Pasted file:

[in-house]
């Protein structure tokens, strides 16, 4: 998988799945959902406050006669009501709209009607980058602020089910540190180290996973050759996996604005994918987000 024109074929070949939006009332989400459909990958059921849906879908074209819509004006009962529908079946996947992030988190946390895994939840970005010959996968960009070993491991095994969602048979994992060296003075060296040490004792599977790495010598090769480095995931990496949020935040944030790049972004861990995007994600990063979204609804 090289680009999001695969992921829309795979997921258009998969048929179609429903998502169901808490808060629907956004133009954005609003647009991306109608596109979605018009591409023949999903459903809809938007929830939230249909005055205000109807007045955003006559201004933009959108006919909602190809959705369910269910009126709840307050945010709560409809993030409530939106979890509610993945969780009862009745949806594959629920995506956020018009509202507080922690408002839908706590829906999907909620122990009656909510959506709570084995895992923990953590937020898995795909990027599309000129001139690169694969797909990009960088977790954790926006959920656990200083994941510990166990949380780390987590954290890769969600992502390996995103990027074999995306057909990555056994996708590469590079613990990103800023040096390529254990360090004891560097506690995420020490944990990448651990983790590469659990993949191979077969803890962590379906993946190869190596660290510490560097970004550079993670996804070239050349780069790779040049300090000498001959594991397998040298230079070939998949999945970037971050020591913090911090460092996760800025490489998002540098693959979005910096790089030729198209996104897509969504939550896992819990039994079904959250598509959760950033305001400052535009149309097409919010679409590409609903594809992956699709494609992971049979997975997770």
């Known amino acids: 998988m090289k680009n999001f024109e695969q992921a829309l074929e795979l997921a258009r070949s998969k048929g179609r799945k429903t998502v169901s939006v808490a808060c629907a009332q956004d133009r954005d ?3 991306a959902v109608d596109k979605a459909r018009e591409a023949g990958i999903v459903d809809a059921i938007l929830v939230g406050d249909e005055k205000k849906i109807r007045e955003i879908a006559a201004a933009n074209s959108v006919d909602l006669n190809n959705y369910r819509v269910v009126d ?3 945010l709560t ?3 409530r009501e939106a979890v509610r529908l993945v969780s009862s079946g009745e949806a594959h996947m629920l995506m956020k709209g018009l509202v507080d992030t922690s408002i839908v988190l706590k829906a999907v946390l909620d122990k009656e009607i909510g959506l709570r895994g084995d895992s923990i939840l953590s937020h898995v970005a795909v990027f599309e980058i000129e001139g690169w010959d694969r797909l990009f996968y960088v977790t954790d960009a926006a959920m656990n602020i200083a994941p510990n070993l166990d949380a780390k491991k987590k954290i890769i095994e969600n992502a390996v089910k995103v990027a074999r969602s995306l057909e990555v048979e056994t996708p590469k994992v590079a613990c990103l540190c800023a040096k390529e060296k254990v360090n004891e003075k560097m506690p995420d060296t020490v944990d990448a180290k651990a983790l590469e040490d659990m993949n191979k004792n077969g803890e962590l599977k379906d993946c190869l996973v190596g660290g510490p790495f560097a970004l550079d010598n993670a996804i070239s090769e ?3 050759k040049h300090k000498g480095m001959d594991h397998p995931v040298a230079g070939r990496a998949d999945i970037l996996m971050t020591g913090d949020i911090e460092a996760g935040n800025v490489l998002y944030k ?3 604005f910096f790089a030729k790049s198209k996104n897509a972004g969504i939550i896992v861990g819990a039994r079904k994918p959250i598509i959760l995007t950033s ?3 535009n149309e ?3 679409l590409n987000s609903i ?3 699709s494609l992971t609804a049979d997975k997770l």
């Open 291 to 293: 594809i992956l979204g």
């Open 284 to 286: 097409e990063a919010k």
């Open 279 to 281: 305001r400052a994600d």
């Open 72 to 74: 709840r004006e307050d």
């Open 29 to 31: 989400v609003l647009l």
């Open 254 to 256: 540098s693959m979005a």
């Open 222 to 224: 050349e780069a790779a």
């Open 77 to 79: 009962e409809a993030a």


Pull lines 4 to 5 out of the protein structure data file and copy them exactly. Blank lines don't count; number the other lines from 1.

């Open 291 to 293: 594809i992956l979204g």
């Open 284 to 286: 097409e990063a919010k």